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International Monetary Fund. Middle East and Central Asia Dept.

from important priority areas such as health and education. CCA countries face other common challenges arising from still weak regional cooperation, low global integration, and the relatively slow pace of structural reforms . Regional integration is lacking across a range of important dimensions, including trade, financial markets, and infrastructure. These are all critical to strengthen CCA countries’ ties to each other and the rest of the world, which would help drive diversification and growth. Many CCA countries moved rapidly after independence to implement

International Monetary Fund. Middle East and Central Asia Dept.

) Sources: National authorities; and IMF staff calculations. 1 In percent of non-oil GDP. Box 3.2 Balancing Macroeconomic and Financial Stability Objectives in CCA Countries Faced with a weakening economic environment and rising financial risks, CCA countries need to reconcile three competing policy objectives: supporting growth, reining in domestic and external imbalances, and ensuring that the financial sector remains stable and intermediates effectively between savers and investors. The external shocks are affecting banking system stability through an

International Monetary Fund. Middle East and Central Asia Dept.

creation of private credit bureaus and stronger microfinance institutions. Deepening government debt markets and developing other capital markets are also important. CCA countries should take measures to move beyond the status quo in which several CCA countries face gradually weakening growth prospects and continuing vulnerability to shocks. Resolute actions to pursue structural reforms, enhance business environments and regional cooperation, and strengthen policy frameworks are likely to lead to greater investment and higher, more inclusive growth, moving these

International Monetary Fund. Middle East and Central Asia Dept.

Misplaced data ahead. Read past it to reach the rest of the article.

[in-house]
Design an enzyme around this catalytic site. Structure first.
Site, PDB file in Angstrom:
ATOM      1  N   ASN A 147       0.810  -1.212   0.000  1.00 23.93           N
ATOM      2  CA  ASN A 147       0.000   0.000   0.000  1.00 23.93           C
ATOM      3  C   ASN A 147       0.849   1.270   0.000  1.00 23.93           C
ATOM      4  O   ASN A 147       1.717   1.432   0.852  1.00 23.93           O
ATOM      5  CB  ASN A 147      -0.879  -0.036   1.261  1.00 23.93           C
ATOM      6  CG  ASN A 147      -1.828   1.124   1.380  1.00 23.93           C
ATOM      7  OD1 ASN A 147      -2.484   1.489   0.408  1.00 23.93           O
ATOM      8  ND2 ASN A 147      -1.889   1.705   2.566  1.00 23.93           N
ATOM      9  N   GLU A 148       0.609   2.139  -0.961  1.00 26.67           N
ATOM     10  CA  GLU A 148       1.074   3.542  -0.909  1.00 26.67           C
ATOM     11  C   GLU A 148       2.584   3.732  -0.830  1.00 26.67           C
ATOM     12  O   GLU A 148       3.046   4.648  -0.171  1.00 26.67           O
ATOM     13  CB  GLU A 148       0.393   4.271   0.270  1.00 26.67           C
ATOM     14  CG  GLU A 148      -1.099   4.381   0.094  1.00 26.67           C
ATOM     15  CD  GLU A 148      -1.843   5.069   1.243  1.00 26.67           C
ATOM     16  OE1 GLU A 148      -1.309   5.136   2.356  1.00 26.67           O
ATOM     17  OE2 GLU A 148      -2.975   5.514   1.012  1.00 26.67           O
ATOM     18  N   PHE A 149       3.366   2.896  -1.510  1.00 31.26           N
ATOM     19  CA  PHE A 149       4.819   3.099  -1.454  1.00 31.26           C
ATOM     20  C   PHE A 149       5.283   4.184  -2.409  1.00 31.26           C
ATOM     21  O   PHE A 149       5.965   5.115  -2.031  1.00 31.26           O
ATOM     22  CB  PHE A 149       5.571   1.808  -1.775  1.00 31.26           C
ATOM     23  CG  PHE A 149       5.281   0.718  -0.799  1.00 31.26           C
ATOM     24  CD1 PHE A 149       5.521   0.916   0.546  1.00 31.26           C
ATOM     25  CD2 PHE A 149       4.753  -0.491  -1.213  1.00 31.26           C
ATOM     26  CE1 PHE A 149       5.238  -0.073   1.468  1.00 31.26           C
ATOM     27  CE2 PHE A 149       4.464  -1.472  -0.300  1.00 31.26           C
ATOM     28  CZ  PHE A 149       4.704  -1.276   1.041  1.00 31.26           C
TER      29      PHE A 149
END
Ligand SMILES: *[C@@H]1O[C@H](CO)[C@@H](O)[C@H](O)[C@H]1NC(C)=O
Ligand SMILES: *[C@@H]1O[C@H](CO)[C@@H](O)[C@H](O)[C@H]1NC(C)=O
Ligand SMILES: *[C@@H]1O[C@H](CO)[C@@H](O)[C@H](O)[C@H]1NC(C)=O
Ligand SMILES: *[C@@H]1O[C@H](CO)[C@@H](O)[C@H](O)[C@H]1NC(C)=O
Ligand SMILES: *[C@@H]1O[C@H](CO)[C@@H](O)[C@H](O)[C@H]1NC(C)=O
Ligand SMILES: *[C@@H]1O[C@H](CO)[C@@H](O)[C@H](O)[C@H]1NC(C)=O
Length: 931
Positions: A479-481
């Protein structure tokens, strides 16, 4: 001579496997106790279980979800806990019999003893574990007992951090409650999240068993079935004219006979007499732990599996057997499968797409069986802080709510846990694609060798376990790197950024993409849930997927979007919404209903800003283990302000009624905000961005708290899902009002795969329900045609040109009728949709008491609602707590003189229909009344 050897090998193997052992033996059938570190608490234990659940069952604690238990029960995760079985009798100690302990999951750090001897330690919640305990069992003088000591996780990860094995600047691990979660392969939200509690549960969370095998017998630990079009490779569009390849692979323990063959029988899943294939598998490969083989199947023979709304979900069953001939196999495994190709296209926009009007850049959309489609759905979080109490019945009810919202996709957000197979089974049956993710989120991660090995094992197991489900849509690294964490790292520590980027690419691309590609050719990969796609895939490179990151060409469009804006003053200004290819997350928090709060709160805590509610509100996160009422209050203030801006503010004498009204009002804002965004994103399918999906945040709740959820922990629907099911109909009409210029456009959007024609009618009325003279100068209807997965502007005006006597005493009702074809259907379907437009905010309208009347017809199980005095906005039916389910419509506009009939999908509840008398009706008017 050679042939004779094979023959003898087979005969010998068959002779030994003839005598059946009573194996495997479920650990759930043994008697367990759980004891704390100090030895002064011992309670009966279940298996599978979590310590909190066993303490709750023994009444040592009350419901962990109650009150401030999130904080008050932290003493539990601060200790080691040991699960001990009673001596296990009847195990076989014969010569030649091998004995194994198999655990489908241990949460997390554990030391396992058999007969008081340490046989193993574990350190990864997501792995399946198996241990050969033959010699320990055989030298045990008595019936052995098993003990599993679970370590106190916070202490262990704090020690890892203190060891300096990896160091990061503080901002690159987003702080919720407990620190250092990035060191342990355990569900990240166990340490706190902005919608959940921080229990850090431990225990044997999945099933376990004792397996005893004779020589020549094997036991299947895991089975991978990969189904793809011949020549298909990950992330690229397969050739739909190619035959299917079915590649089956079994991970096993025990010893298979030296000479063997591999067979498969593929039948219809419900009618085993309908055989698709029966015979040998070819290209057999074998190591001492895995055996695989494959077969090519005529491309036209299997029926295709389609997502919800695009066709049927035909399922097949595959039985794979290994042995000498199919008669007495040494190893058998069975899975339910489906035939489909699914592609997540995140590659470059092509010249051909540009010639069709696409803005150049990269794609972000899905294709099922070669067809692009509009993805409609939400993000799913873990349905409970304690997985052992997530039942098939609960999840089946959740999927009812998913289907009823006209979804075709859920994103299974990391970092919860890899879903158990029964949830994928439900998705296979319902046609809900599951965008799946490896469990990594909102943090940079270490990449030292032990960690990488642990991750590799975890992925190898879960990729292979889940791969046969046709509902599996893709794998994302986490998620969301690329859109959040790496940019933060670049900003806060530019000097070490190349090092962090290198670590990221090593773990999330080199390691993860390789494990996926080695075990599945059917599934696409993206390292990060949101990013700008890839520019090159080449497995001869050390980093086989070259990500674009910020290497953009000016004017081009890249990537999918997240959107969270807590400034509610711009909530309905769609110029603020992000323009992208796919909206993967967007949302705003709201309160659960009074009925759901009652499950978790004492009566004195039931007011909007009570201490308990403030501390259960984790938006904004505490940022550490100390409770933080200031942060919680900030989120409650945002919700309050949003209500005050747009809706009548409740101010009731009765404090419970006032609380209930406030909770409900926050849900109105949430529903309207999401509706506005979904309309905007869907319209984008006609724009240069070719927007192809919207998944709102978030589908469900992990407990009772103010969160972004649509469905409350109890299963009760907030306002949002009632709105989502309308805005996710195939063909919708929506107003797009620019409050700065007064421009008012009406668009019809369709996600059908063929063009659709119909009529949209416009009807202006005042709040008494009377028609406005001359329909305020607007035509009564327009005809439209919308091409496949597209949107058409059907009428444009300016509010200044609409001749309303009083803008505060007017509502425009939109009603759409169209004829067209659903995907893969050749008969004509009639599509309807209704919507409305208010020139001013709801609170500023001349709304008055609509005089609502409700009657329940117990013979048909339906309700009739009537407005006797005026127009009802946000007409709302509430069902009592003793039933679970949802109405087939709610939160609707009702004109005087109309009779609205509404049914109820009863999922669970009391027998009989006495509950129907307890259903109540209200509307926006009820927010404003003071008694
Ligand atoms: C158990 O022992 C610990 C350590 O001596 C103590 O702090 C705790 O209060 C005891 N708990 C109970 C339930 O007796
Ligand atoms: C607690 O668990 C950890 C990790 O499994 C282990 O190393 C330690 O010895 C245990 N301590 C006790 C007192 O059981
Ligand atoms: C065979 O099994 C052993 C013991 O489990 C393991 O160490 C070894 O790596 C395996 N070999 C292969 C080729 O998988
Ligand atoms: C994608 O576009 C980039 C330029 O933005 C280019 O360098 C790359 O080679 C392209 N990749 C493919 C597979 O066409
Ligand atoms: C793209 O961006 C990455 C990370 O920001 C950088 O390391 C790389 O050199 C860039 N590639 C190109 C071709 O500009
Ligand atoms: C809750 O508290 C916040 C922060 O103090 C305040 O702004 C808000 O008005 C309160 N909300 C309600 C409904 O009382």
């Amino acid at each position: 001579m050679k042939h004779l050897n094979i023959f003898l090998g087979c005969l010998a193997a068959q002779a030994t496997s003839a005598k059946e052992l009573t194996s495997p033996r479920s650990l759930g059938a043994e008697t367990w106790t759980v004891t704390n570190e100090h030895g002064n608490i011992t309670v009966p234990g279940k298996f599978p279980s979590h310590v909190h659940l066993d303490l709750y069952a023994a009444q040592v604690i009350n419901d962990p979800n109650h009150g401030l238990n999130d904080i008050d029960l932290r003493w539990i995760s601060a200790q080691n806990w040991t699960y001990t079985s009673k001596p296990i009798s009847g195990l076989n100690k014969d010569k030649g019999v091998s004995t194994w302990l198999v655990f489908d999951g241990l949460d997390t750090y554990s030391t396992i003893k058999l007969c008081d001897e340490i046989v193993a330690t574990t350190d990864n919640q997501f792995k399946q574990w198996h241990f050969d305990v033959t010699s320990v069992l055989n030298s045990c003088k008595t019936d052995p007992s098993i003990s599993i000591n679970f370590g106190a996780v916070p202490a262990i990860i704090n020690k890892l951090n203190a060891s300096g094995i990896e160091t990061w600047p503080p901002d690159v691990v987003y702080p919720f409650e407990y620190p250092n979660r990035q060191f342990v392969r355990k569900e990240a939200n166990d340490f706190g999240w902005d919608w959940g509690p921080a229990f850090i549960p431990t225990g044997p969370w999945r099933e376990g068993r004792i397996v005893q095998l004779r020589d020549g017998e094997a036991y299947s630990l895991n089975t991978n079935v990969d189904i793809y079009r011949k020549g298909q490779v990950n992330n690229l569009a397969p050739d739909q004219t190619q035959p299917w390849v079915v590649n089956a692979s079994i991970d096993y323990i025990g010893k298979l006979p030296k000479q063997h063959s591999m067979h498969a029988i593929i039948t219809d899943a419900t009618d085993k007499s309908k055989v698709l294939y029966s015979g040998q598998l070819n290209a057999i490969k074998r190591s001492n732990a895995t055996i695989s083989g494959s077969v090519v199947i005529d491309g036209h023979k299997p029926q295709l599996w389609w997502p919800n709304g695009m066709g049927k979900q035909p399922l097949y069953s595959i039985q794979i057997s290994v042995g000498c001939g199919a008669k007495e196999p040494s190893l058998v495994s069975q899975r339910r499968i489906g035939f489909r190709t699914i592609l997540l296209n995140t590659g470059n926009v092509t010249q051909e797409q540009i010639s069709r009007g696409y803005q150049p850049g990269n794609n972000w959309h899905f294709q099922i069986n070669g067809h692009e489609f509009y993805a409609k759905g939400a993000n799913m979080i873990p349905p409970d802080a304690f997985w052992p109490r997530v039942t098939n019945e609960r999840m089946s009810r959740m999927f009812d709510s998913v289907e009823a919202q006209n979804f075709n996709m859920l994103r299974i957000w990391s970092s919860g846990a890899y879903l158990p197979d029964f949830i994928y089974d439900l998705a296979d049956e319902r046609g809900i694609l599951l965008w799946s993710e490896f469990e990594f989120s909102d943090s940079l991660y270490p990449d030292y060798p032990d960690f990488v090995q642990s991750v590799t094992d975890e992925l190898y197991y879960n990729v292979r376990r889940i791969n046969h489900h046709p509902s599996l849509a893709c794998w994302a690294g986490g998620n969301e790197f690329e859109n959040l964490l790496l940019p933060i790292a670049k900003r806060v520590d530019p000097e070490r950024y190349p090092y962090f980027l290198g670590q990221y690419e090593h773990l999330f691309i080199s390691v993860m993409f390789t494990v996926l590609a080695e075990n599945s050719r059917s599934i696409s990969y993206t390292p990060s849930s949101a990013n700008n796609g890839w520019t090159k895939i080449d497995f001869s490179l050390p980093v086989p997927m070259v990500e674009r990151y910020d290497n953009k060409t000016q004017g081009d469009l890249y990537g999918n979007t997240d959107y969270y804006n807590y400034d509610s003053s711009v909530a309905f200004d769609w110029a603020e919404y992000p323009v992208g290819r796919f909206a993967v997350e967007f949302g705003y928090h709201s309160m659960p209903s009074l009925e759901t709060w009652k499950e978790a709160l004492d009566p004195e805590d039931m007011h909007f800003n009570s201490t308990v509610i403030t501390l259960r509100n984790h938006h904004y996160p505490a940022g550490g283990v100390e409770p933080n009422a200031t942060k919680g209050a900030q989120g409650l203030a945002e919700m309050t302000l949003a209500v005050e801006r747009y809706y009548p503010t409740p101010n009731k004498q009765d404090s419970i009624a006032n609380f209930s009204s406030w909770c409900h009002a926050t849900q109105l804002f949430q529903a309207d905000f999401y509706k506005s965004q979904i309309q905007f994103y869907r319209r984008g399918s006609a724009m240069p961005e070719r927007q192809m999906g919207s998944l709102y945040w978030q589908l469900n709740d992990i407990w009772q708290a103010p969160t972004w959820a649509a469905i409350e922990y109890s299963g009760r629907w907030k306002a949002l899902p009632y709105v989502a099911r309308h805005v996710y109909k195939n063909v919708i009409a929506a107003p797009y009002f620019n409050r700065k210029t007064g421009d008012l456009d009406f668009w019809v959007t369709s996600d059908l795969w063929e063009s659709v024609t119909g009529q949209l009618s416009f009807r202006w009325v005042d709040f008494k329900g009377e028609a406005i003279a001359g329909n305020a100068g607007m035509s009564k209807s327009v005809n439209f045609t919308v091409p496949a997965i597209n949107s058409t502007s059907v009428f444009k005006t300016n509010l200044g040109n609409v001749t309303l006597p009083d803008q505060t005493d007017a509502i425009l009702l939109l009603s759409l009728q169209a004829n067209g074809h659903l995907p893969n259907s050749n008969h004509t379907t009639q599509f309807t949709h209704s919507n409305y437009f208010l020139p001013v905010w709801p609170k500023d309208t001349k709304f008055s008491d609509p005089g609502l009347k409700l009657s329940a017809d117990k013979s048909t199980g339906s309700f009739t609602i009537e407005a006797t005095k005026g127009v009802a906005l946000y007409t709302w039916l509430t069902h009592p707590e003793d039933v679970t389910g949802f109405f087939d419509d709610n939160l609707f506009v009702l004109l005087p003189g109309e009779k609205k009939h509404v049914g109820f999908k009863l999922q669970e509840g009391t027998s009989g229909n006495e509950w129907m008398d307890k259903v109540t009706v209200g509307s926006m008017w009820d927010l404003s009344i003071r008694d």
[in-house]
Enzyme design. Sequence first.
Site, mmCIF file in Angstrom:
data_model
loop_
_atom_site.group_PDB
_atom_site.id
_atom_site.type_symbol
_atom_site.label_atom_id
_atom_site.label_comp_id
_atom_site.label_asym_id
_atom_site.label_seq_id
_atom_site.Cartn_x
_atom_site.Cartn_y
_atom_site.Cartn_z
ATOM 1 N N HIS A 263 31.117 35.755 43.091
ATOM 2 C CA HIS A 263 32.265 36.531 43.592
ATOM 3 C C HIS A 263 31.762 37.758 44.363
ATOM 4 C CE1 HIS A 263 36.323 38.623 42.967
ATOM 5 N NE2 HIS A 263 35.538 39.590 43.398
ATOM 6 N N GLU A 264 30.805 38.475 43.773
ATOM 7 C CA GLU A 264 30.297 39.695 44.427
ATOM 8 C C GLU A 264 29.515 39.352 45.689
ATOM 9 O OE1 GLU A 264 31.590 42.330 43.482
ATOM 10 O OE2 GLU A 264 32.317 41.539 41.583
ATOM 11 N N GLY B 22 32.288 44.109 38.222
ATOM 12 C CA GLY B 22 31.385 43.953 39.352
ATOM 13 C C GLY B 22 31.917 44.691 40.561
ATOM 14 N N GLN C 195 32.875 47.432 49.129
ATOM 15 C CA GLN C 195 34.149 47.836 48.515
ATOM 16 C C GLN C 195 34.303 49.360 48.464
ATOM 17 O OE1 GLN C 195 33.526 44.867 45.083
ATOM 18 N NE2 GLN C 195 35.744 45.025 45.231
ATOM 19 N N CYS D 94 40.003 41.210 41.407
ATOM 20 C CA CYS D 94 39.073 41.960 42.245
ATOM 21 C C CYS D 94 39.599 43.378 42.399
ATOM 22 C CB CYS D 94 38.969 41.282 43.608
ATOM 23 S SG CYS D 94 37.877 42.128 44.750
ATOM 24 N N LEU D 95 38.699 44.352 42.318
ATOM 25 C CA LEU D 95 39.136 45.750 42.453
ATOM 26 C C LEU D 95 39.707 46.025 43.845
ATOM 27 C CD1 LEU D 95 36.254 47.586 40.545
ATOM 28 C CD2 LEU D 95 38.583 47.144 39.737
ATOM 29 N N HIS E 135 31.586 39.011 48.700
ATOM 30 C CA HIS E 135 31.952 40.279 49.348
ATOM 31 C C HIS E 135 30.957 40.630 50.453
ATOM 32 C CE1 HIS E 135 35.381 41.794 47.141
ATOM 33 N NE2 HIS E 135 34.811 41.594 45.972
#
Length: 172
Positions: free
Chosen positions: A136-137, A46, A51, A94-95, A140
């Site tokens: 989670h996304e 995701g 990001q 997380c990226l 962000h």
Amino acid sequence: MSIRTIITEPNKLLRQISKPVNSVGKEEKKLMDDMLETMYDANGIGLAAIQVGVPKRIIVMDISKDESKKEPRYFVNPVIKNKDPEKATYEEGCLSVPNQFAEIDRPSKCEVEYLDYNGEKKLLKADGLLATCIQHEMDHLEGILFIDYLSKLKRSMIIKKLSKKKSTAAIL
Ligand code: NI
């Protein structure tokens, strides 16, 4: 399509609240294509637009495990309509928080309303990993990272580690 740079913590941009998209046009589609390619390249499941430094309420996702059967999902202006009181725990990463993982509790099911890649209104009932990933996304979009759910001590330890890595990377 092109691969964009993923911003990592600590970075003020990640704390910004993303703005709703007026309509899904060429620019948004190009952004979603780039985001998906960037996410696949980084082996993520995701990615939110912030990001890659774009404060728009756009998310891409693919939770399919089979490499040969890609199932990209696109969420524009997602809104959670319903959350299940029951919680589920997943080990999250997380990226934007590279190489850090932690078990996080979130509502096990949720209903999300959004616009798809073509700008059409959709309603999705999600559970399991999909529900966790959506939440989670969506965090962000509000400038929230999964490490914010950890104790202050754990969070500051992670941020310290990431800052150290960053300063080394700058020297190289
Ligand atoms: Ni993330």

Chapter 3 ). Going forward, MENAP and CCA countries face the difficult challenge of reducing fiscal vulnerabilities to strengthen economic resilience while fostering higher and more inclusive growth through structural reforms. Elevated global growth and trade uncertainties only make this challenge more difficult, and prospects for lower and more volatile oil prices will weigh on MENAP oil exporters in particular. Ensuring well-developed and credible fiscal institutions can not only help ease the burden of adjustment, but also reduce fiscal vulnerabilities on a

International Monetary Fund. Middle East and Central Asia Dept.
The countries in the Caucasus and Central Asia (CCA) have recorded significant macroeconomic achievements since independence. These countries have grown more rapidly-—on average by 7 percent over 1996–2011—-than those in many other regions of the world and poverty has declined. Inflation has come down sharply from high rates in the 1990s and interest rates have fallen. Financial sectors have deepened somewhat, as evidenced by higher deposits and lending. Fiscal policies were broadly successful in building buffers prior to the global crisis and those buffers were used effectively by many CCA countries to support growth and protect the most vulnerable as the crisis washed across the region. CCA oil and gas exporters have achieved significant improvements in living standards with the use of their energy wealth.
Mr. Mark A Horton, Hossein Samiei, Mr. Natan P. Epstein, and Mr. Kevin Ross

. TA related to improving financial regulation and supervision should focus on dollarization and FX-related risks, which are impediments to greater ER flexibility. TA could have a regional element, as the eight CCA countries face common issues and have a fairly common institutional setup and path. This would contribute to peer-to-peer learning. Further efforts would help enhance peer-to-peer networks related to monetary and ER market activities. Gaps and vulnerabilities identified in FSSAs should continue to be addressed. The Financial Sector Stability Review

Mr. Mark A Horton, Hossein Samiei, Mr. Natan P. Epstein, and Mr. Kevin Ross
Since late 2014, exchange rates (ERs) and ER regimes of the Caucasus and Central Asia (CCA) countries have come under strong pressure. This reflects the decline of oil and other commodity prices, weaker growth in Russia and China, depreciation of the Russian ruble, and appreciation of the U.S. dollar, to which CCA currencies have historically been linked. Weaker fiscal and current account balances and increased dollarization have complicated the picture. CCA countries entered this period with closely managed ER regimes and, in many cases, currencies assessed by IMF staff to be overvalued. CCA central banks have price stability as their main policy objective, and most have relied on ER stability to achieve this objective. Thus, the first policy response involved intervention in local foreign exchange (FX) markets, often with limited communication. In this context, the IMF staff has reviewed ER policy advice and implementation strategies for CCA countries.